Monthly Archives: April 2021

Farewell to Sunsets

Pelican Rock Sunset, Dauphin Island, Alabama Poster

Pelican Rock Sunset, Dauphin Island, Alabama

“The Sea of Sunset”

By Emily Dickinson

This is the land the sunset washes,
These are the banks of the Yellow Sea;
Where it rose, or whither it rushes,
These are the western mystery!

Night after night her purple traffic
Strews the landing with opal bales;
Merchantmen poise upon horizons,
Dip, and vanish with fairy sails.

I love watching and photographing the sun peek over the horizon in the morning and slip below the horizon in the evening, a pastime of millions (probably billions) of people.

My husband and I spent the month of February 2021 on a beach on Dauphin Island, Alabama, the “Sunset Capital” of Alabama, where we could see both sunsets and sunrises. Twice the beauty. We don’t have a view of either sunrises or sunsets from our home, so this was a real treat.

On the island, I photographed every sunrise and every sunset on the days it wasn’t foggy or raining.  I posted several of my sunrise and sunset photographs on Print on Demand sites, such as Fine Art America and Zazzle, and I’ve included a few in this post.

Toward the end of the month as I tried to get the perfect sunset shot, I thought “Maybe it isn’t a good idea to stare at the setting sun through my viewfinder.” You’re all thinking, “Well, duh, that’s an idiotic thing to do.”

Orange Sunset on Dauphin Island, Alabama Poster

Orange Sunset on Dauphin Island, Alabama

And yes, dear readers, I apparently damaged my retina and worsened my cataracts. When I got home I discovered that I could no longer see clearly through the viewfinder with my right eye. I had Lasik 25 years ago, which corrected my right eye to be able to read without glasses in the monovision procedure, and I can still do that even though everything is a bit fuzzy when I look through the viewfinder. I thought my viewfinder was dirty, but the problem is my eye.  I never used my left eye (my distance corrected eye) to see through the viewfinder, but I’m training myself to use it.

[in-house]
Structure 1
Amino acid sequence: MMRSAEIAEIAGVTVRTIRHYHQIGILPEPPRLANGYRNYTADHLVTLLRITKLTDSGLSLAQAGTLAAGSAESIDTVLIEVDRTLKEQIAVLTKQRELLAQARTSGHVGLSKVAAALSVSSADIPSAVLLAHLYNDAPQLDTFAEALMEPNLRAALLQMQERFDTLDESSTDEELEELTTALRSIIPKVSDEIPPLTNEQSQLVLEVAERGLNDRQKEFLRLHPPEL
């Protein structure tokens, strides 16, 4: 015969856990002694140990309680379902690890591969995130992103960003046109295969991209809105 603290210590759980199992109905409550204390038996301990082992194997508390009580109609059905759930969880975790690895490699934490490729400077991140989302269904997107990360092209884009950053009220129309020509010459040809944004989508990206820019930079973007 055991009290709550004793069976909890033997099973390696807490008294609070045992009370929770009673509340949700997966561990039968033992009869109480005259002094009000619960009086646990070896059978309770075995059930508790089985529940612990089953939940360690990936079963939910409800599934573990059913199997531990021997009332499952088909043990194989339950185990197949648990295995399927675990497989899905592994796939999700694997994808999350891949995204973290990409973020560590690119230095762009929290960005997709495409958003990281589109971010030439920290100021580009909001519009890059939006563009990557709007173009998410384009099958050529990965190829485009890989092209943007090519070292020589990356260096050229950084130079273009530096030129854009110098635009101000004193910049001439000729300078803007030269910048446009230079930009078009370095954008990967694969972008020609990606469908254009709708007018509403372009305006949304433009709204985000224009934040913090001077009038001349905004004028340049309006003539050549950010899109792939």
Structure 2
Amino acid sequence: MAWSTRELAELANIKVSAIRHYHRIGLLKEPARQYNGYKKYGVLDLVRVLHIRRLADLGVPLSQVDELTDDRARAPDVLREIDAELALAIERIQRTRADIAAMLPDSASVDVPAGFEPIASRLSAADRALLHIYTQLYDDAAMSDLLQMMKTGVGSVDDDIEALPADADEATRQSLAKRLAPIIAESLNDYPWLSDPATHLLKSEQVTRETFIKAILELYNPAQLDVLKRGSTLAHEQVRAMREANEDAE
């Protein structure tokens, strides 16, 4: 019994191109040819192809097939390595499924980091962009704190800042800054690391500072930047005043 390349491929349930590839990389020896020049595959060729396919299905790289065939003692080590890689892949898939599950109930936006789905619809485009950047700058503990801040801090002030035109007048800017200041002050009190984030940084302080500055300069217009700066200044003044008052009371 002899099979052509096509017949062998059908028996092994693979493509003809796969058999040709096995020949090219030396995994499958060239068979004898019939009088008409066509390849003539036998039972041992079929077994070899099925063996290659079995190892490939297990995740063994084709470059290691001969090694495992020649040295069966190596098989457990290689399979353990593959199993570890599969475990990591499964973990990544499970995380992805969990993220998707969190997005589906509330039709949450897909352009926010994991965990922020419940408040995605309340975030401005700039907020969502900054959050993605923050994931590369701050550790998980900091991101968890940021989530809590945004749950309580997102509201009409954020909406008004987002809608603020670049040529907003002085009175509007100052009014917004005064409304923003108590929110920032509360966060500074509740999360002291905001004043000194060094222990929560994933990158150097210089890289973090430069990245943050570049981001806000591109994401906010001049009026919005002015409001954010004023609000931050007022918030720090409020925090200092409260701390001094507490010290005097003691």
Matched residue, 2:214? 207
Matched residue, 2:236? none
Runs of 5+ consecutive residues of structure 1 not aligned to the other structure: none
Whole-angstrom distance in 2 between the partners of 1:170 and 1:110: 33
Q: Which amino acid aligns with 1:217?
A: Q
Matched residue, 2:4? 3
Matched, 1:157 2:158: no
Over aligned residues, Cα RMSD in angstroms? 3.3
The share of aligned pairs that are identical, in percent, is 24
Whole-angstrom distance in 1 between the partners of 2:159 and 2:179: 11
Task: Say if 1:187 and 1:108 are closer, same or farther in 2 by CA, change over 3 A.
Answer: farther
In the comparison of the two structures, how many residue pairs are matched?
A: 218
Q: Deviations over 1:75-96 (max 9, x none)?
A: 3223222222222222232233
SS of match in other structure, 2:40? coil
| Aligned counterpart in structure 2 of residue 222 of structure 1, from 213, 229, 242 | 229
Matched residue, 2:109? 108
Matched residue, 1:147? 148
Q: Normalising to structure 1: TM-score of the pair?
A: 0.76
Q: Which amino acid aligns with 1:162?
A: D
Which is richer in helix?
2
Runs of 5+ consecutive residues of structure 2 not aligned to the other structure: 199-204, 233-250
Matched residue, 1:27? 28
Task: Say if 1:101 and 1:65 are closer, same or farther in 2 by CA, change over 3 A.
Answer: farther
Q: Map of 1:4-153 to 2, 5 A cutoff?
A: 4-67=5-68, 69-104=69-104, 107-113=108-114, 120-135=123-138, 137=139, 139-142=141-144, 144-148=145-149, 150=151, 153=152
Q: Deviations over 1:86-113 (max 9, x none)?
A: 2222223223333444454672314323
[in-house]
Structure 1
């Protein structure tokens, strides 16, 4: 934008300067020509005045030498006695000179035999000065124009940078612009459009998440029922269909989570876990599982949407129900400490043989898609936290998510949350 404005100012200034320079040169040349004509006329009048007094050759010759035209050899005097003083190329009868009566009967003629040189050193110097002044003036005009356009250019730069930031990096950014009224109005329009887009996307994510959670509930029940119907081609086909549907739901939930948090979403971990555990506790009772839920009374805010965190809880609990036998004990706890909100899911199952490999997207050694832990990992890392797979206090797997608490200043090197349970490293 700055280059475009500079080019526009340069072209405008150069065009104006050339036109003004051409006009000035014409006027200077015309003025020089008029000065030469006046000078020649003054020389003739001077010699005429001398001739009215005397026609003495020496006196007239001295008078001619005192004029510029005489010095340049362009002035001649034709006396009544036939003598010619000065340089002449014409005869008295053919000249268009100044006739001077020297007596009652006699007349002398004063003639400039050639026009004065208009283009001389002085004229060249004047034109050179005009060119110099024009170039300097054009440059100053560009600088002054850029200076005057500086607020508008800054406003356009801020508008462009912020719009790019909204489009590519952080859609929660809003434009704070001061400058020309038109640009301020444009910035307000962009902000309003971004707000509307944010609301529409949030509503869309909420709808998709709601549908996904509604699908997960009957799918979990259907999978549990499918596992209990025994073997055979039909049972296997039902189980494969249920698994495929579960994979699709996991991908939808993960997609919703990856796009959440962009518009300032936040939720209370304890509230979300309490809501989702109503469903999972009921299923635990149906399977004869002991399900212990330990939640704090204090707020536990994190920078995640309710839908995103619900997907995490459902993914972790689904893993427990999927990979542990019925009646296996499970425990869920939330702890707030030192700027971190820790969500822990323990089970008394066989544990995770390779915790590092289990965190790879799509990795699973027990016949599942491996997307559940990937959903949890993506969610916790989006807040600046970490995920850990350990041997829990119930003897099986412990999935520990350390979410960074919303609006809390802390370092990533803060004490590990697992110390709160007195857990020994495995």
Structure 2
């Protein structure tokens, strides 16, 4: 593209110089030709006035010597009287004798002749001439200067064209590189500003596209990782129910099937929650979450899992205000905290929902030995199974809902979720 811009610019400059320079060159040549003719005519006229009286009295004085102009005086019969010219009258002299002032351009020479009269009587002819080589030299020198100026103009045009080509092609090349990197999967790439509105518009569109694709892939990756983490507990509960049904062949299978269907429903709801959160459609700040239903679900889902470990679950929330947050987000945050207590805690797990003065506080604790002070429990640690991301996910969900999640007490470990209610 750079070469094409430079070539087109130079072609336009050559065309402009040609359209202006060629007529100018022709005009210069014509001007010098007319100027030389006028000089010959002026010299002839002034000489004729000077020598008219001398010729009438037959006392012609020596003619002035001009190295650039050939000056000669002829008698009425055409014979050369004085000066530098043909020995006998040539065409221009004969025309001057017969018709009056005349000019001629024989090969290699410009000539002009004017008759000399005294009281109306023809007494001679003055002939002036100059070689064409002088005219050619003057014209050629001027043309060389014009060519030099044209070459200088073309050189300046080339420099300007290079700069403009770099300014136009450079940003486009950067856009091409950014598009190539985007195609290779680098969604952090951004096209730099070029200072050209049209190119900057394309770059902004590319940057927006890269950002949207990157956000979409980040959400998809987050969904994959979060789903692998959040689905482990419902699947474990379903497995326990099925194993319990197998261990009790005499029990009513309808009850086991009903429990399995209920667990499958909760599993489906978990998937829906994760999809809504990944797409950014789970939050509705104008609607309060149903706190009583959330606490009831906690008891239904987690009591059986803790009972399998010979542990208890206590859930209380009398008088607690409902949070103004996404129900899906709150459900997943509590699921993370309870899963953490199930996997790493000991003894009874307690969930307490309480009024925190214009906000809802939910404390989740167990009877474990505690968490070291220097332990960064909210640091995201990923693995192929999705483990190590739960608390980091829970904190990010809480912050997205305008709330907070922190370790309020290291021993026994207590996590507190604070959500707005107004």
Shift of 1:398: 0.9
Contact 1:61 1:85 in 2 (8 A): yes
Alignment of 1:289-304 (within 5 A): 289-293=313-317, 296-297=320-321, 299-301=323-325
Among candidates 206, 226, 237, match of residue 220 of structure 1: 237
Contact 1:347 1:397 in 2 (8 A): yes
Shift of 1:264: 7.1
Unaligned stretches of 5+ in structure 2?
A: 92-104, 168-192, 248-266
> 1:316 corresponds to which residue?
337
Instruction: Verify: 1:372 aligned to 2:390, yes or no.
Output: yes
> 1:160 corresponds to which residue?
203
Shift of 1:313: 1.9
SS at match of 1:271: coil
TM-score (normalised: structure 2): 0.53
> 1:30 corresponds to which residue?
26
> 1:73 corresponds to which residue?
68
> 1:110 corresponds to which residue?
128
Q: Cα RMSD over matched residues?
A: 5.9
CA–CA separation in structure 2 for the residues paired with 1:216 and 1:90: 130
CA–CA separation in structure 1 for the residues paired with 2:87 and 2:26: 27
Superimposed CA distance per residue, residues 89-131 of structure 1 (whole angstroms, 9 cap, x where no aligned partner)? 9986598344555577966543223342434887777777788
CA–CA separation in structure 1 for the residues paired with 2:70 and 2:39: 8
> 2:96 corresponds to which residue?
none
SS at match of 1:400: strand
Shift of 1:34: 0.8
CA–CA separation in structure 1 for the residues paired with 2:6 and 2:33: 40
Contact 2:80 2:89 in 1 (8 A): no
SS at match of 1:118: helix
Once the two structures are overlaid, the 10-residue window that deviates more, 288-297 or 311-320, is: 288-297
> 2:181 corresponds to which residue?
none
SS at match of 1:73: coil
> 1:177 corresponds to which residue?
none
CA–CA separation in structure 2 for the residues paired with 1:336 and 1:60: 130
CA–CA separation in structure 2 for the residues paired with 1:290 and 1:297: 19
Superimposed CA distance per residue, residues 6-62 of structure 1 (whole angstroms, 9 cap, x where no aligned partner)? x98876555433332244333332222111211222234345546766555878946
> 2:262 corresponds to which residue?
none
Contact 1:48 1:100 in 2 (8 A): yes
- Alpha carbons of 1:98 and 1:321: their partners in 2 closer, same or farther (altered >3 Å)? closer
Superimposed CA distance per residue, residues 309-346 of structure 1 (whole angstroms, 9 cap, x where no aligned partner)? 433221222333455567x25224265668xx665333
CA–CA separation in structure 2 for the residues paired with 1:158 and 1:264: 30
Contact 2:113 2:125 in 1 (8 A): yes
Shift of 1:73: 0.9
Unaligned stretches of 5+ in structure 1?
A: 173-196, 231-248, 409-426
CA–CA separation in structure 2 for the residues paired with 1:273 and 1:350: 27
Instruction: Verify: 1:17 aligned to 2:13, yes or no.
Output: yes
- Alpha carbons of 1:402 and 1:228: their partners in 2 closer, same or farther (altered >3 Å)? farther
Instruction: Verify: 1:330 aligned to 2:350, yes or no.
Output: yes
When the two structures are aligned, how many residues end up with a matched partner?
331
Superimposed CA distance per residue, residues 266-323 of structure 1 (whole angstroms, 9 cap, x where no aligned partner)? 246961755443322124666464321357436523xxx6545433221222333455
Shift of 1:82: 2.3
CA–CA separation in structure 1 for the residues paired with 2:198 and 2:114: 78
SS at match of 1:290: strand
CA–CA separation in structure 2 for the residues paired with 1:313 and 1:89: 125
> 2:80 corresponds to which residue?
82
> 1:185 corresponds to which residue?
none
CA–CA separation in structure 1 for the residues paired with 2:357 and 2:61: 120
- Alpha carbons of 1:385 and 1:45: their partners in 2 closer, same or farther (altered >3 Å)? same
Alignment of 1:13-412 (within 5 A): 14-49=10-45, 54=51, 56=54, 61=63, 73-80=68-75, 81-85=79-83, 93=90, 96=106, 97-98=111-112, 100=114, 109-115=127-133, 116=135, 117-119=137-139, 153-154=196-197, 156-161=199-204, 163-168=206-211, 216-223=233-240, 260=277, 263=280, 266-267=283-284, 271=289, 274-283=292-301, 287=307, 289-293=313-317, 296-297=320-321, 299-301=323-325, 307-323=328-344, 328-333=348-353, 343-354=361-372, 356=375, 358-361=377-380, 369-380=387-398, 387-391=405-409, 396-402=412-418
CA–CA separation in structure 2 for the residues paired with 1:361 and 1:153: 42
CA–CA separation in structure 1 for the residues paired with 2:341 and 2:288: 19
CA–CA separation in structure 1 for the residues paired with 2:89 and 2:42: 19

My ophthalmologist told me that I should no longer take sunset photographs or even watch sunsets. There are probably ways to do it safely, such as using the camera screen rather than the viewfinder, but I’m probably not going to take the chance.

Eventually I’ll have cataract surgery, but I don’t think the solar retinopathy is going to diminish.

Be safe out there, everyone!

Sunset Sunbeams on Dauphin Island, Alabama Poster

Sunset Sunbeams on Dauphin Island, Alabama

Pelican Flying at Sunrise, Dauphin Island, Alabama Poster

Pelican Flying at Sunrise, Dauphin Island, Alabama

My Collection of Sunrise and Sunset Photographs on Fine Art America.

My Collection of Sunrise and Sunset Products on Zazzle.

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Filed under Personal, Photography, Travel, Uncategorized

Dauphin Island Beaver

Beaver at Dauphin Island, Alabama Poster

Beaver swimming in the ocean near Pelican Point on Dauphin Island, Alabama.